Internal struggles are tough because of the push and pull between intellectual, emotional, moral, and ethical considerations.  Inside those are financial, relational, and even physical elements. They aren’t easy, that’s way we call them “struggles”, but dealing with them effectively, and sooner than later, usually saves us from unnecessary drama and negative consequences.

I’m suffering with an internal struggle today, and I invite you to walk through it with me. Maybe analyzing mine will help you develop a process for solving your own…

My internal struggle is work related. A fairly long-term coaching client isn’t being honest with me. I’ve known it for a little while, but I keep seeing glimpses of authenticity, which gives me reason to keep trying. This client is smart and articulate, even charming at times. I am befuddled by the energy he pours into trying to get what he wants through manipulation. I feel certain pouring the same level of energy into developing authentic working relationships, implementing strategies, and following through on commitments, would turn this client into a well-respected leader and colleague, as well as a huge success.

My internal struggle is this: Do I keep working with this client, or do I cut him loose?

These are some of the issues I am considering as I work through my struggle:

  1. Intellectual:
    • I know this client doesn’t really want to develop new skills, try new approaches, or be helped, but he is a great challenge, and I love a challenge.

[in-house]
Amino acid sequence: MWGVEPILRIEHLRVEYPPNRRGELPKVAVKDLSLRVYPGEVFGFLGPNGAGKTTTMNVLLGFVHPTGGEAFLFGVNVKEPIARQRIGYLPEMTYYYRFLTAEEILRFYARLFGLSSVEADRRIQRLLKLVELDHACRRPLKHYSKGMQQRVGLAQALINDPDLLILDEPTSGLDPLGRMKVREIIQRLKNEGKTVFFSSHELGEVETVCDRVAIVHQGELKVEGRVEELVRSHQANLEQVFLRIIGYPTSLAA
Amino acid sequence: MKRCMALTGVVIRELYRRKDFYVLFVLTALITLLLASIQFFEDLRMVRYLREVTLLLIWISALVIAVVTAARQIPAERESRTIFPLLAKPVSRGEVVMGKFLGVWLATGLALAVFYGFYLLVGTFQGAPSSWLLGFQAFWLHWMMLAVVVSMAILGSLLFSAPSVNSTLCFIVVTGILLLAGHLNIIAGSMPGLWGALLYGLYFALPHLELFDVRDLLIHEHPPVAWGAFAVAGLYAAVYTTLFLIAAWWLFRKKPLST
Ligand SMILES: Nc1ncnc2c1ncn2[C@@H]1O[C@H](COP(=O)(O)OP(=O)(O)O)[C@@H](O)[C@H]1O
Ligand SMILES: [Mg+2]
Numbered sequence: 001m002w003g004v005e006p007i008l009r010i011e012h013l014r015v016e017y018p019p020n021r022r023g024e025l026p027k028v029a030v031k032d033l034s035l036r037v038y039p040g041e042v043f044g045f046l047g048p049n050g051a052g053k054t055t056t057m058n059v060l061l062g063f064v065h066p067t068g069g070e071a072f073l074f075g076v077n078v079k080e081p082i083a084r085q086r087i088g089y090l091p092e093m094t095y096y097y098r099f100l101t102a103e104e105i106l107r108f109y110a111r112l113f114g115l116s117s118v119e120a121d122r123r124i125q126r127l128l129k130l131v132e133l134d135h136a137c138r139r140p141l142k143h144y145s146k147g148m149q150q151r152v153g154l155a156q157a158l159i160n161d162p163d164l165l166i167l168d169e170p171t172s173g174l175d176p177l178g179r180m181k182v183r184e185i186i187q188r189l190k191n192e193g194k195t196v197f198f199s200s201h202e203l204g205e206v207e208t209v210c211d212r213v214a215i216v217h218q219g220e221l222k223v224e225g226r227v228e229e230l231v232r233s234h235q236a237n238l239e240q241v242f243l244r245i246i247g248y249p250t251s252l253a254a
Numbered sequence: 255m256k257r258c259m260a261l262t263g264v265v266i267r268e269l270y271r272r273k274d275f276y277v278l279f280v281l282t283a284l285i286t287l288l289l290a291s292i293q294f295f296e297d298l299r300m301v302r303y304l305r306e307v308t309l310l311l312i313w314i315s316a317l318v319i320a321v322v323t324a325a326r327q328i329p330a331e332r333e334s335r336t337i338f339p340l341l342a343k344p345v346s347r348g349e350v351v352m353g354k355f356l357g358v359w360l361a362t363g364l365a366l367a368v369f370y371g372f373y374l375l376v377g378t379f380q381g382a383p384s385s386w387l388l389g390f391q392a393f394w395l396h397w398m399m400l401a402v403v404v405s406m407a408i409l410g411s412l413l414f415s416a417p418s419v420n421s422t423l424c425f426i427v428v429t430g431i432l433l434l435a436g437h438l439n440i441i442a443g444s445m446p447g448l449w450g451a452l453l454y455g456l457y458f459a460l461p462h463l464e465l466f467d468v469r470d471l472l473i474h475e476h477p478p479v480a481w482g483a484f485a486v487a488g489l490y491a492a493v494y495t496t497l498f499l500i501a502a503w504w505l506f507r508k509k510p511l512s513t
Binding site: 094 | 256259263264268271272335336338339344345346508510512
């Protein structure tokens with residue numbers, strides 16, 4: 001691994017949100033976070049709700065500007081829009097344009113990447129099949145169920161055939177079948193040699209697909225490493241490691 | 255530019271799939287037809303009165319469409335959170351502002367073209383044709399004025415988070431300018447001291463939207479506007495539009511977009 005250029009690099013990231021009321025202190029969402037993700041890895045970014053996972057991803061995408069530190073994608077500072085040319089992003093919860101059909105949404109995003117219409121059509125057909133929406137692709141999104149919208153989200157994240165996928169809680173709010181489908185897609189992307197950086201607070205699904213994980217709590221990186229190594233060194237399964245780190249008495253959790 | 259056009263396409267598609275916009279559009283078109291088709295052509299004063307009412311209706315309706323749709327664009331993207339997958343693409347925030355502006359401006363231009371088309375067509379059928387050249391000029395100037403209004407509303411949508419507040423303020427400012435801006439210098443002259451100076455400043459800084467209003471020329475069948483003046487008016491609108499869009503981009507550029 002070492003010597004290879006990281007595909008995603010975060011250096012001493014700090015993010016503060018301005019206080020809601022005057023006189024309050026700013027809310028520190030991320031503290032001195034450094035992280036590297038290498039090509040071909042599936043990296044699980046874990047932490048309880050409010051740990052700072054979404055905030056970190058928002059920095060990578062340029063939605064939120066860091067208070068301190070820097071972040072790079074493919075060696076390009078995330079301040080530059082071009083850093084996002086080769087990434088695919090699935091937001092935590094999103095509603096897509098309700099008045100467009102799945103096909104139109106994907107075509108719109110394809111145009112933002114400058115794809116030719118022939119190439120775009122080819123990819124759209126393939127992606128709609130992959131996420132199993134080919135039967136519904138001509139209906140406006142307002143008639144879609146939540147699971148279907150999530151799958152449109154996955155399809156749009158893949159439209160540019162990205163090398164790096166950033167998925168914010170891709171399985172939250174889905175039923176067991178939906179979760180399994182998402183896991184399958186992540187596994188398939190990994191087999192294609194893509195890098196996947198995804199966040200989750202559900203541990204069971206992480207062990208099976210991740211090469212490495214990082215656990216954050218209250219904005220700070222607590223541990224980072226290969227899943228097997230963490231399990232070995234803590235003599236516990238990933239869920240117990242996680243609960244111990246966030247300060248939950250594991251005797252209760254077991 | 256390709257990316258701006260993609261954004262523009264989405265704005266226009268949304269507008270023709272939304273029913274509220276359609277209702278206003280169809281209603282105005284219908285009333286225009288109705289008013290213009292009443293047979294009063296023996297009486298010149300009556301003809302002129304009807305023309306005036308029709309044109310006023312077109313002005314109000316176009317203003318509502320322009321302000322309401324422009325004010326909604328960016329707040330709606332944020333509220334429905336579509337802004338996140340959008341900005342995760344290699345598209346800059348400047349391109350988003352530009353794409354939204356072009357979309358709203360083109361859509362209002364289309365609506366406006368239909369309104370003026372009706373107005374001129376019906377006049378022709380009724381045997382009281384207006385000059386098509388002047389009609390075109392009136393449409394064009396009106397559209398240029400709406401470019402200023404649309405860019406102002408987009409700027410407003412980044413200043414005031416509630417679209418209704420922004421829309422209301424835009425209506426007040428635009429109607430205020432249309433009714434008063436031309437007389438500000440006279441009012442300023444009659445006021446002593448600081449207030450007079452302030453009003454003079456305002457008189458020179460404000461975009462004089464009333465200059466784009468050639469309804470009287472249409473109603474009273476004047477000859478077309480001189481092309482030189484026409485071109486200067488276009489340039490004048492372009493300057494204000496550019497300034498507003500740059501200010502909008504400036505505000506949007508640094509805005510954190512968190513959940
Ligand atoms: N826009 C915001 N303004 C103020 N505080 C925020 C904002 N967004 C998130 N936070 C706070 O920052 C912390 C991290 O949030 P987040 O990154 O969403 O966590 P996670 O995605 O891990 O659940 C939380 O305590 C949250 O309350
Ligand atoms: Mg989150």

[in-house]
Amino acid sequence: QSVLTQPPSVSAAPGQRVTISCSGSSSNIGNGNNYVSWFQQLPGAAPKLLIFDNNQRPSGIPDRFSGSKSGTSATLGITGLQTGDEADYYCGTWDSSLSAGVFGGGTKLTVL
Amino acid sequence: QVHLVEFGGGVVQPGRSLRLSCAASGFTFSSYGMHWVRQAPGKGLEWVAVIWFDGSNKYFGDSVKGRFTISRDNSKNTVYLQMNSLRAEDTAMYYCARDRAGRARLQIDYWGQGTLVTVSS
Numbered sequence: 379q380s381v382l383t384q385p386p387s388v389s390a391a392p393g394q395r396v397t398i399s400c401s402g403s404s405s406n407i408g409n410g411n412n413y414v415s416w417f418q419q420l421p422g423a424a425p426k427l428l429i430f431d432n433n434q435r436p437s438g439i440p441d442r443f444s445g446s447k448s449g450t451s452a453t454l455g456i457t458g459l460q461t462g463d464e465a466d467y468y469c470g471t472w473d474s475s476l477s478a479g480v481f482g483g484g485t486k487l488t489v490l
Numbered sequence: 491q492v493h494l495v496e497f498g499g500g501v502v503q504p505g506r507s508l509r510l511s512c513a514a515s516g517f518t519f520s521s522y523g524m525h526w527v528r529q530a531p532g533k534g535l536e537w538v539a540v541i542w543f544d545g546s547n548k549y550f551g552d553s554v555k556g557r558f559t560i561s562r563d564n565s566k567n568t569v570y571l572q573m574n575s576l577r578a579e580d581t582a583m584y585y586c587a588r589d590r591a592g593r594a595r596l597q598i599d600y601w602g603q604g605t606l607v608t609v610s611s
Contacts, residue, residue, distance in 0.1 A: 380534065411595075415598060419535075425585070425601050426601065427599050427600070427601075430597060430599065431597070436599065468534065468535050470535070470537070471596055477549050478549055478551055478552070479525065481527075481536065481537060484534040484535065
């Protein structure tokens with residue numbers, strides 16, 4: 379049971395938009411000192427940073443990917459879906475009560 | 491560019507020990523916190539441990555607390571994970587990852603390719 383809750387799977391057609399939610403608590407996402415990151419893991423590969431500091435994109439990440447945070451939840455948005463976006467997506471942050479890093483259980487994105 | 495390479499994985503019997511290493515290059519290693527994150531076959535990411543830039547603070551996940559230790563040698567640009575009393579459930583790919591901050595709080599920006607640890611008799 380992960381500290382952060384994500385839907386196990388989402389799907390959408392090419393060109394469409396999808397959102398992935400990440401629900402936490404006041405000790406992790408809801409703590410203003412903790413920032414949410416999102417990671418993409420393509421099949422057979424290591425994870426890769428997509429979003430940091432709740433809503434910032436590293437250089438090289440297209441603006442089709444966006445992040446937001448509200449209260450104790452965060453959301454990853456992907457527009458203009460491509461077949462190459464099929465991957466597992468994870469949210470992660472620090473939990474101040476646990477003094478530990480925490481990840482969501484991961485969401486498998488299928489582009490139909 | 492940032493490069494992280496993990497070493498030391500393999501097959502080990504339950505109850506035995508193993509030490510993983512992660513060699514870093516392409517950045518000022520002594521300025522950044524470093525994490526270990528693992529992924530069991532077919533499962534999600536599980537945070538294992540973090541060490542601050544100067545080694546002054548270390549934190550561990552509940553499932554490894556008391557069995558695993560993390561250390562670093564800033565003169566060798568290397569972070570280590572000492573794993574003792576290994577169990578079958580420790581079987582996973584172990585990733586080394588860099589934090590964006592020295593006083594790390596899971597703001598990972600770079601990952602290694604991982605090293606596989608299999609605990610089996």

• I know leadership coaching is part of his IDP. He is simply checking off a box, but Sr. Leadership wants me to work with him through this reporting period.
  2. Emotional:
    • I feel insulted by his attempts to manipulate me, and my personal feelings are making it difficult to work with him objectively.
    • If there is a chance I can encourage more productive and positive behaviors, I want to.
  3. Ethical:
    • It is important my services provide a substantial return on investment for clients. I can’t deliver an adequate ROI under the circumstances.
    • Again, Sr. Leadership wants me to work with him through this review period, and I have a contract to do so.
  4. Moral:
    • Authenticity is a core value of mine, and I believe my efforts are in vain. Every session feels like a game of pretend, which is clearly not authentic.
    • Integrity is necessary if there is any chance for improvement, and I know he is not being honest with me. If I continue to listen and attempt to coach the dishonesty, at what point do I, too, become dishonest?

When clients are working through an internal struggle, I suggest they write down things to consider (like I did above) and then determine alternative decisions, with corresponding pros and cons.  Considering the above statements, I see I have two choices:

  1. Continue to work with this client, which will require new agreements (with regard to expectations) between me, him, and Sr. Leadership.
  2. End the contract by explaining to Sr. Leadership, and him, I don’t believe further sessions will be beneficial.

I’ll spare you my pros & cons and leave you wondering which decision I chose, as I close with this:

Moving through an internal struggle can be difficult. However, peace is often found through methodology. If you are facing an internal struggle, I encourage you to seek to understand the elements creating the struggle (intellectual, emotional, ethical, and moral), develop alternative choices and identify the pros and cons of each, and make a decision followed by swift correlating action.

Call or email us today for more information about effective decision making for leadership success.

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